After Dothard: Female Correctional Workers and the Challenge to Employment Law

Source: Brenda V. Smith, Melissa C. Loomis, American University, Washington College of Law Research Paper No. 2014-7, 2014

From the abstract:
This article examines a profession where women have made great strides – corrections. Using an equality framework, corrections and other non-traditional professions were the first target of the feminist movement in the 1970s. By and large, feminists were successful in creating greater porosity for women in law enforcement, emergency services, corrections, and the military. While women have entered these traditionally masculine spaces, they still suffer from an achievement gap. They are still underrepresented in leadership positions and marginalized in these settings; are still the targets of discrimination based on race, gender, and perceived sexual orientation; and are less likely than men to hold these positions and be married.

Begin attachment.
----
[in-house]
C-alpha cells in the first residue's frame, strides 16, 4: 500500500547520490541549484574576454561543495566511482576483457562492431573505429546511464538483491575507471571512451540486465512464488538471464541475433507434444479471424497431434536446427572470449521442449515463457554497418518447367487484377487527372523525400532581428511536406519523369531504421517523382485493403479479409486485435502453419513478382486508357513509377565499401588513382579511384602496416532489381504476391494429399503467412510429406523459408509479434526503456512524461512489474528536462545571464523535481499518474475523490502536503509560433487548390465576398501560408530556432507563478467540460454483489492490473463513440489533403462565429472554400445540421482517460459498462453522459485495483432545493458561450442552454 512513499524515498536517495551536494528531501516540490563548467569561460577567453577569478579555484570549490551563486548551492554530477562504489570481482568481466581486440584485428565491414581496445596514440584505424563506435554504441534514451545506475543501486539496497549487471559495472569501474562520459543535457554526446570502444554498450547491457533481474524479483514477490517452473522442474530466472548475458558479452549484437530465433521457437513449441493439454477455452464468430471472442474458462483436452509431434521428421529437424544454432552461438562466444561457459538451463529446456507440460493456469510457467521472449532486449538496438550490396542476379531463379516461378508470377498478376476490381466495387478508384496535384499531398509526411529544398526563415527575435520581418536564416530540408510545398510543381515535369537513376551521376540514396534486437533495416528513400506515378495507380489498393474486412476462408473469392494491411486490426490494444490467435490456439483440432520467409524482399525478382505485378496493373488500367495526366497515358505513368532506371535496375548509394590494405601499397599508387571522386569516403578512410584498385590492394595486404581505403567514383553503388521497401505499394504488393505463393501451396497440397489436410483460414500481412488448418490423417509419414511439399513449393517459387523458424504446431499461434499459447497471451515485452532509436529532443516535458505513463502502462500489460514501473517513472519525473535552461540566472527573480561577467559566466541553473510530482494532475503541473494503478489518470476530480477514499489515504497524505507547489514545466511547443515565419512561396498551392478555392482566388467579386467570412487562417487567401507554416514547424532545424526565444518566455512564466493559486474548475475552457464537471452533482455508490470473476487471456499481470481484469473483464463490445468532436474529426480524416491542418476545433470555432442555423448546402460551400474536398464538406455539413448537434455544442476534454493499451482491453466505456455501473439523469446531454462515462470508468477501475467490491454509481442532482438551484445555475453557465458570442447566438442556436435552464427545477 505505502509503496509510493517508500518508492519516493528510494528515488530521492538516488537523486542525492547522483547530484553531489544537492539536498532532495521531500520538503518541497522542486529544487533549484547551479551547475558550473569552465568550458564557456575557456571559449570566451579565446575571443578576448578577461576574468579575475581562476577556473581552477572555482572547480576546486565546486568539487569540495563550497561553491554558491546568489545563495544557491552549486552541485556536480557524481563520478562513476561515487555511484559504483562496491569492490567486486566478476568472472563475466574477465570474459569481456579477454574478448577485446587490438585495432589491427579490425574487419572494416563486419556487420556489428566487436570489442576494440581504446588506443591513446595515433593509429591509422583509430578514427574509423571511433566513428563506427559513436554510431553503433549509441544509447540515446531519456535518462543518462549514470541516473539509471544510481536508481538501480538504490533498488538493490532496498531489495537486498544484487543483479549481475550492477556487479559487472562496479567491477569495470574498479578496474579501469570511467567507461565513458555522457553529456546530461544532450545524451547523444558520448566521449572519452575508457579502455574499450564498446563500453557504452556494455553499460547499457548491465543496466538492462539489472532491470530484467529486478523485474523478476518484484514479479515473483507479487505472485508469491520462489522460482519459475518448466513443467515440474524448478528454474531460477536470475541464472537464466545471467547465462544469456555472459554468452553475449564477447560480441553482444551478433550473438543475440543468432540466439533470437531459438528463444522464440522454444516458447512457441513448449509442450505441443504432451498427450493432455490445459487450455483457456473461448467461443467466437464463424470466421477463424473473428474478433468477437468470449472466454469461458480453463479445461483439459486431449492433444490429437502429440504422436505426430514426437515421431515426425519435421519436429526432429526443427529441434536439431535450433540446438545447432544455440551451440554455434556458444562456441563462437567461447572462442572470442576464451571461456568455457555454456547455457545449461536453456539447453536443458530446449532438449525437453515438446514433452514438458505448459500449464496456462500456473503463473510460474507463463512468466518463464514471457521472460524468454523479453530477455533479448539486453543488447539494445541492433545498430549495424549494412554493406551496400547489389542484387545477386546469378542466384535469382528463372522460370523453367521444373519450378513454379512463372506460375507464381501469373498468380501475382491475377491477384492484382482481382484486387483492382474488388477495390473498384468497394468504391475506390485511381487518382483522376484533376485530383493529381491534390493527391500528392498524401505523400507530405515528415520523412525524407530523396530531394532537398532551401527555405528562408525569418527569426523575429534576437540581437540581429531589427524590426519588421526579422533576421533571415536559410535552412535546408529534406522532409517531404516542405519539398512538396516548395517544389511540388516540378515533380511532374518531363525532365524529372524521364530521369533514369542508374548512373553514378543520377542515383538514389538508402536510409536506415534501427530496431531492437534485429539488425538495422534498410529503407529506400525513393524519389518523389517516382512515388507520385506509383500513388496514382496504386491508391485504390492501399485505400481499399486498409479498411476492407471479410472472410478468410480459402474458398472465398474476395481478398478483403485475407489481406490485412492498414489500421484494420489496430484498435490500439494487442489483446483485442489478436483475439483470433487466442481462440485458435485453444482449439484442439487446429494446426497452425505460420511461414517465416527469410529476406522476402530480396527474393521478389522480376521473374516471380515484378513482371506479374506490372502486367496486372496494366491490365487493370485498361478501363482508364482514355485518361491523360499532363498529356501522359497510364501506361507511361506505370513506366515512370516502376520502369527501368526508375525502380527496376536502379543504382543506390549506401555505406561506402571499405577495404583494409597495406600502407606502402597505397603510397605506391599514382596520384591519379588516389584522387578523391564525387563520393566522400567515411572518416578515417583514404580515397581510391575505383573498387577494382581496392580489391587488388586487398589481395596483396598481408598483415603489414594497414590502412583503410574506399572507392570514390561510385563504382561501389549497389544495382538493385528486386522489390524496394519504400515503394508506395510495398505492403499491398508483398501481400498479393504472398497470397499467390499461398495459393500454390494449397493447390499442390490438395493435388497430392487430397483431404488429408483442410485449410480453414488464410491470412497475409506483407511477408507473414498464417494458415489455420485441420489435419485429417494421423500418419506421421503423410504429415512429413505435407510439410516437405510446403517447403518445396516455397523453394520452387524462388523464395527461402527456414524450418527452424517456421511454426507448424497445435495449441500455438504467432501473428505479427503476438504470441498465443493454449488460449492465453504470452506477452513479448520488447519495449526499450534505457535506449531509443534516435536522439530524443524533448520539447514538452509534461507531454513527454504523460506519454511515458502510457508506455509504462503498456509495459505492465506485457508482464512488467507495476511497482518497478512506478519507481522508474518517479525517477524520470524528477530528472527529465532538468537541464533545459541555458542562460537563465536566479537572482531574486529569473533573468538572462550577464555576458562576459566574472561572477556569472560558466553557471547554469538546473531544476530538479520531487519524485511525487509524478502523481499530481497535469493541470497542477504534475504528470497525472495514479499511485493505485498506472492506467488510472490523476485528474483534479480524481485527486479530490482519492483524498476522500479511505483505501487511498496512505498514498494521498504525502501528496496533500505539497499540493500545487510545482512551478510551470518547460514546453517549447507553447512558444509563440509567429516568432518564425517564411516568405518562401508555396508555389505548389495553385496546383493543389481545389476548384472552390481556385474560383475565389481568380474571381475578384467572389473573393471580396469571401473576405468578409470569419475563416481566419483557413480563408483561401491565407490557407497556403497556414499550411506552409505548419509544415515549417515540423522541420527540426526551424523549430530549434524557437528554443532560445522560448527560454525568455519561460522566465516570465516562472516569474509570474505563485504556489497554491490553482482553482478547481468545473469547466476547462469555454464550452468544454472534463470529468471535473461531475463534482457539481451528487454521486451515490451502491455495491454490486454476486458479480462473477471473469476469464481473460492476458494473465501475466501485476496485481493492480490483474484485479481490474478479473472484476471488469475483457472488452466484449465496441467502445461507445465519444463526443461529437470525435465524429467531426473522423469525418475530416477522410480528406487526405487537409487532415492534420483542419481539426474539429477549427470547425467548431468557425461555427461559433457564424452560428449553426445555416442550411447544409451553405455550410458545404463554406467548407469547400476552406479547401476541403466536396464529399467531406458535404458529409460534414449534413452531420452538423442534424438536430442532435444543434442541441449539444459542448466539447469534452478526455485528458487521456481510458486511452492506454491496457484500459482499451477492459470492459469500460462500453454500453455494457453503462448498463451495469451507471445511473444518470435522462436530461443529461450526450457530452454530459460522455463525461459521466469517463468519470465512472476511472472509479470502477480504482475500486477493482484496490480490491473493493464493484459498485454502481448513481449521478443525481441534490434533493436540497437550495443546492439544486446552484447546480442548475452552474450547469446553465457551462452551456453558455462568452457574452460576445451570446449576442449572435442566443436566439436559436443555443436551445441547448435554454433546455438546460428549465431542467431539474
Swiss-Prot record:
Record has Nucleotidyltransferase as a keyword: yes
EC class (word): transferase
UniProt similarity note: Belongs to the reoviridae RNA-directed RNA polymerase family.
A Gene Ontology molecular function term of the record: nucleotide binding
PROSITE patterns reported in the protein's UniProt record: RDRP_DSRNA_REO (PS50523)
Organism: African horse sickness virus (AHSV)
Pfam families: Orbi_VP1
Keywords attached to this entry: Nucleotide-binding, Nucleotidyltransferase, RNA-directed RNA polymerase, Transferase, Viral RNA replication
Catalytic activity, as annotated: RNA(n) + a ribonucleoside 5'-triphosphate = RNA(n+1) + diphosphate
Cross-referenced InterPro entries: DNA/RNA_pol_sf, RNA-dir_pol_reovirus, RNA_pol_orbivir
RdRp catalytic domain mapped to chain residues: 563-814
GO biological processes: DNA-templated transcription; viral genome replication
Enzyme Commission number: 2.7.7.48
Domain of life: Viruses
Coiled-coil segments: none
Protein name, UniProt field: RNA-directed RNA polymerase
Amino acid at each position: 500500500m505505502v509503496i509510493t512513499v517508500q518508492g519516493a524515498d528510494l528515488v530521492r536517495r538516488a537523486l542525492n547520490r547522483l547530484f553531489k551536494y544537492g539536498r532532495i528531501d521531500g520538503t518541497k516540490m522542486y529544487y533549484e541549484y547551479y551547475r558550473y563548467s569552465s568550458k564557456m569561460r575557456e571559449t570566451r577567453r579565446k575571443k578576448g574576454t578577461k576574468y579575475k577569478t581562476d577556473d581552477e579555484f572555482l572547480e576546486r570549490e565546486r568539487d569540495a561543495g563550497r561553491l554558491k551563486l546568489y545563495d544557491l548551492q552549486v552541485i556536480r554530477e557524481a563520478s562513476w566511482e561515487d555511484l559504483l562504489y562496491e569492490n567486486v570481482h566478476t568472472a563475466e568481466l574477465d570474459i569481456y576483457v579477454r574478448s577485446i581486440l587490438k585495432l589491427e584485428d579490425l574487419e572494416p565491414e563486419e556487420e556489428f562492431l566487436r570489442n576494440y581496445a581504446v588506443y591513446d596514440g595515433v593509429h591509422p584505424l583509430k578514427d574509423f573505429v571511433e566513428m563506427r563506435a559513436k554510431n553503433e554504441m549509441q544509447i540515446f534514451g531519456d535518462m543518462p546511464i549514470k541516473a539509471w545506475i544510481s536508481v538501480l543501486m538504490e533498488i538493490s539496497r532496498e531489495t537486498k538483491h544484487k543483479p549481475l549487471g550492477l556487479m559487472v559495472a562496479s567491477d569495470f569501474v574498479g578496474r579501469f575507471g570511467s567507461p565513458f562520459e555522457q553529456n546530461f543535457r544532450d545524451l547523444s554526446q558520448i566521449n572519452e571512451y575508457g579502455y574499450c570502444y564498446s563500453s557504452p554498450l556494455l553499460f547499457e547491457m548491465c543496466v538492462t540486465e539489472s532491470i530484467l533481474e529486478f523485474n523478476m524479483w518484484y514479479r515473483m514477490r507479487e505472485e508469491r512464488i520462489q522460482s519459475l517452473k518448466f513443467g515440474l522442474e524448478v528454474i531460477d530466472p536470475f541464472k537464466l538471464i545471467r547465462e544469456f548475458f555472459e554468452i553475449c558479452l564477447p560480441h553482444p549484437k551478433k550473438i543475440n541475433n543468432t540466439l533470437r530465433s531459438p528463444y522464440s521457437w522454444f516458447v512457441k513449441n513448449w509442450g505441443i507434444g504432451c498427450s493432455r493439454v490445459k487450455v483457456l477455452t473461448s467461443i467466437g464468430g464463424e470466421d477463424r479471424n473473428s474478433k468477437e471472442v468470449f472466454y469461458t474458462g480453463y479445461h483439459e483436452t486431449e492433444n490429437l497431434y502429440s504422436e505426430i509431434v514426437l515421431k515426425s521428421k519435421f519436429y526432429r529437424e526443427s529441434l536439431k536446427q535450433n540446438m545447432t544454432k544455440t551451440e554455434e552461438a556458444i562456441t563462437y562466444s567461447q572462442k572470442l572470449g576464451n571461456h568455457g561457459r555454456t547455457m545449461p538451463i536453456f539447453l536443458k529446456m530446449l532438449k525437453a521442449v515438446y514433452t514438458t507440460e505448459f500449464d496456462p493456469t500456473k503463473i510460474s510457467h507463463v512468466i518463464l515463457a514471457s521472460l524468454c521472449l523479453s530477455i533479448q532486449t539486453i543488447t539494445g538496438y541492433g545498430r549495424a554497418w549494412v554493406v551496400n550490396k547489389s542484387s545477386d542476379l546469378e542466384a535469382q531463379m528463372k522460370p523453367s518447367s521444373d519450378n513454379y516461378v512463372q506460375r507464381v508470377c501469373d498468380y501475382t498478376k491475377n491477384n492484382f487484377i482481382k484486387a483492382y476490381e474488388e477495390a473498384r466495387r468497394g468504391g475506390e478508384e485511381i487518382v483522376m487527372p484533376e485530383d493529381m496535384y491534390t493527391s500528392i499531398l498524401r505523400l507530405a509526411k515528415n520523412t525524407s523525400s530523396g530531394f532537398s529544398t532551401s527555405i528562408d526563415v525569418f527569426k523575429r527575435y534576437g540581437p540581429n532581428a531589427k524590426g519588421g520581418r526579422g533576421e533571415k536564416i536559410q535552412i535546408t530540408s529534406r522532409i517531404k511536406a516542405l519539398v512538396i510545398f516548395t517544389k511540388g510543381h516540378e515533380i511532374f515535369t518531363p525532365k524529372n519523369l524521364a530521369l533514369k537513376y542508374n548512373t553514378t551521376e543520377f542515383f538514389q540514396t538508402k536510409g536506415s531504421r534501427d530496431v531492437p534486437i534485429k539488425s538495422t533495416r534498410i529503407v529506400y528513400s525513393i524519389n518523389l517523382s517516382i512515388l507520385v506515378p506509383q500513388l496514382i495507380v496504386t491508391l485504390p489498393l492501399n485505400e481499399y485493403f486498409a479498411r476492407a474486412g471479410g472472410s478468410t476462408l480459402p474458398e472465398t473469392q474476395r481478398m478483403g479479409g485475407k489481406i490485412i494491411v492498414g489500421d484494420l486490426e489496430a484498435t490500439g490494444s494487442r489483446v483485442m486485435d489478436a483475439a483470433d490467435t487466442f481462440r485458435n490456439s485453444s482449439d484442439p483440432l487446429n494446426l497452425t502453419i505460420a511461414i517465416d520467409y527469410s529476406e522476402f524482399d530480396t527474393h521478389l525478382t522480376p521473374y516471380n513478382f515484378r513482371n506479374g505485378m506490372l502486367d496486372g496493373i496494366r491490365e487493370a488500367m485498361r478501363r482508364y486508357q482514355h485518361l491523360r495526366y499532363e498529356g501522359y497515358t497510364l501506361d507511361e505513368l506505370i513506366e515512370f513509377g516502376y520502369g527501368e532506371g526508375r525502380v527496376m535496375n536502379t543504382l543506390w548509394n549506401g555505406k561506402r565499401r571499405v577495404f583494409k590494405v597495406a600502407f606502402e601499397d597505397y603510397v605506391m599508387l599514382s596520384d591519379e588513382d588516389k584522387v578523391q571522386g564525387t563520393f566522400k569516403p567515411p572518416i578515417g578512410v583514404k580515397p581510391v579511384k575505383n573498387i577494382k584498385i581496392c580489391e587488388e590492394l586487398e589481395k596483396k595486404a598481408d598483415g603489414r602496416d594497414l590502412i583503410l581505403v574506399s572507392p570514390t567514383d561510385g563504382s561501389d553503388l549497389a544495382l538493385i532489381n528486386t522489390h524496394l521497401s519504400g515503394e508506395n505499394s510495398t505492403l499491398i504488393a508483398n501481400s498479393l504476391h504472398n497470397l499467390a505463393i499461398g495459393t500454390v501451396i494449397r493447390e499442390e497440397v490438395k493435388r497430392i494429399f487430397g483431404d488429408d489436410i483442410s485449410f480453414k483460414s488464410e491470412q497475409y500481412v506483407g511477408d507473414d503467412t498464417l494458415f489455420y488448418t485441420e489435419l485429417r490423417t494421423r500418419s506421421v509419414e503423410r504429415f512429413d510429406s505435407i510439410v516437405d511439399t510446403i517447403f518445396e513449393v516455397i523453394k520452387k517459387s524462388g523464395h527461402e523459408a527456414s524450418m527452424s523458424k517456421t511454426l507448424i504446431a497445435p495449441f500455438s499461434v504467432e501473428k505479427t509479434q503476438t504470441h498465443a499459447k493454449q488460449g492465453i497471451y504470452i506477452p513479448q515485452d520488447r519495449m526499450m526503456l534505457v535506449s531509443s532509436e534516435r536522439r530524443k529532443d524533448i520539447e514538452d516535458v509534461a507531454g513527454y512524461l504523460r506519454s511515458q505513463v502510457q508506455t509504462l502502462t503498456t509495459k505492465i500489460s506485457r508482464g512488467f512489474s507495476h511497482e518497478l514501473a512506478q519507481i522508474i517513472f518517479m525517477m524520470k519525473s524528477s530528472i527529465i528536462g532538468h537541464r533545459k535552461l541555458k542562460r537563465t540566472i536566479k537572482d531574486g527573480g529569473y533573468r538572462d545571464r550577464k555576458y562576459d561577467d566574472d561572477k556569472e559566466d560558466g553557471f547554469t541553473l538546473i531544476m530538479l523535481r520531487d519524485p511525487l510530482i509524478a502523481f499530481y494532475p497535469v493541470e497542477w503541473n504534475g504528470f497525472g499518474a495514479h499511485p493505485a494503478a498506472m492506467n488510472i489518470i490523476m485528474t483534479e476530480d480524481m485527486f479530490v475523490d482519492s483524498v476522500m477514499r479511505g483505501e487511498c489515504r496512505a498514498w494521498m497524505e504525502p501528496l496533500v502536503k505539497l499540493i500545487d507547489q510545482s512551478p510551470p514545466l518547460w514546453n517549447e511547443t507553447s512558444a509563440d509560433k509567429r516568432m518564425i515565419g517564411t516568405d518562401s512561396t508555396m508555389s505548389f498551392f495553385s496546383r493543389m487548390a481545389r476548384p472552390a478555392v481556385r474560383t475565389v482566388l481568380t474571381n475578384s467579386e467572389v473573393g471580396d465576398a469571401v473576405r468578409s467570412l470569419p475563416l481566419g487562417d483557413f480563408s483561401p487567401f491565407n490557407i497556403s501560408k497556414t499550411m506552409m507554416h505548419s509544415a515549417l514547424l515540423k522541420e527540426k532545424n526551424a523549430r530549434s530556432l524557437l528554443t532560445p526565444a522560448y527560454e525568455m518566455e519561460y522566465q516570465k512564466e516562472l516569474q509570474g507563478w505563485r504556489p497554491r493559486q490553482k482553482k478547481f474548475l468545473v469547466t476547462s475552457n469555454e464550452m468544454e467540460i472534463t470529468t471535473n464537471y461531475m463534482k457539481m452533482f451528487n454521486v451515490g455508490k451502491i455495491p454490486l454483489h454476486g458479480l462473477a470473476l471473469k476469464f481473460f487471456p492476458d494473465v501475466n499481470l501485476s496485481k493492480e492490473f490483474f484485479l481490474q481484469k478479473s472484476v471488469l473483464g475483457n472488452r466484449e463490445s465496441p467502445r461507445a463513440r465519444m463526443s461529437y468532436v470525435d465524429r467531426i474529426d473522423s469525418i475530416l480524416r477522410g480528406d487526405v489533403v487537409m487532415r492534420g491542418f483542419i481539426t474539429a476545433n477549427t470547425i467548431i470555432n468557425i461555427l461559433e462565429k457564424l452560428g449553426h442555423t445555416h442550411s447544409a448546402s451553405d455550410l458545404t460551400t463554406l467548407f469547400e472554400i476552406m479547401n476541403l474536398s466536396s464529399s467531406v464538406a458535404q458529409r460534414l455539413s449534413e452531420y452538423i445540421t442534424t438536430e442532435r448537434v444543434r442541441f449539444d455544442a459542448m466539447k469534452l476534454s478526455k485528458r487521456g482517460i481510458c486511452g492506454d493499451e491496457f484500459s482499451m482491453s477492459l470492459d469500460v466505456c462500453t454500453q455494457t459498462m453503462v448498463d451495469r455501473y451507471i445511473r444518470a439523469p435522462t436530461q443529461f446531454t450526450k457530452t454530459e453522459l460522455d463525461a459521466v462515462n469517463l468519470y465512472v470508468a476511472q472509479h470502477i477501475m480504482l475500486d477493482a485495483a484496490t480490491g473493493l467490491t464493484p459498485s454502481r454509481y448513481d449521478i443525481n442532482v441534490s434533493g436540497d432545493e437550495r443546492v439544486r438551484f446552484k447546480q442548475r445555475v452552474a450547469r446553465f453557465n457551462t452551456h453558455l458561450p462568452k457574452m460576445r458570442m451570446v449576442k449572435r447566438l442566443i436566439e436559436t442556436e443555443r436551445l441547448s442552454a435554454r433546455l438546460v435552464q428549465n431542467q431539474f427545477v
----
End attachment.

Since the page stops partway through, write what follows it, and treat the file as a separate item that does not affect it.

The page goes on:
Women’s entry into correctional spaces has had several unintended consequences. First, it has complicated the experiences of other marginalized groups in those institutions. In particular, women’s progress in correctional institutions has increased female inmates’ exposure to supervision by male staff, which places them at greater risk for sexual victimization. Second, it has diminished privacy of both male and female inmates in custodial settings. Third, it has resulted in female correctional employees’ disproportionate involvement in prohibited intimate contact with male inmates and youth in custody. These sexual interactions have resulted variously in termination, resignation, prosecution, procreation, and litigation; complicating feminist theories of power, consent, and equality. Finally, it has complicated key employment law jurisprudence.

This article examines three areas of law and how female correctional staff’s roles have complicated those doctrines: (1) privacy for inmates under the Fourth and Eighth Amendments; (2) the bona fide occupational qualification (“BFOQ”) doctrine; and (3) sexual harassment under Title VII.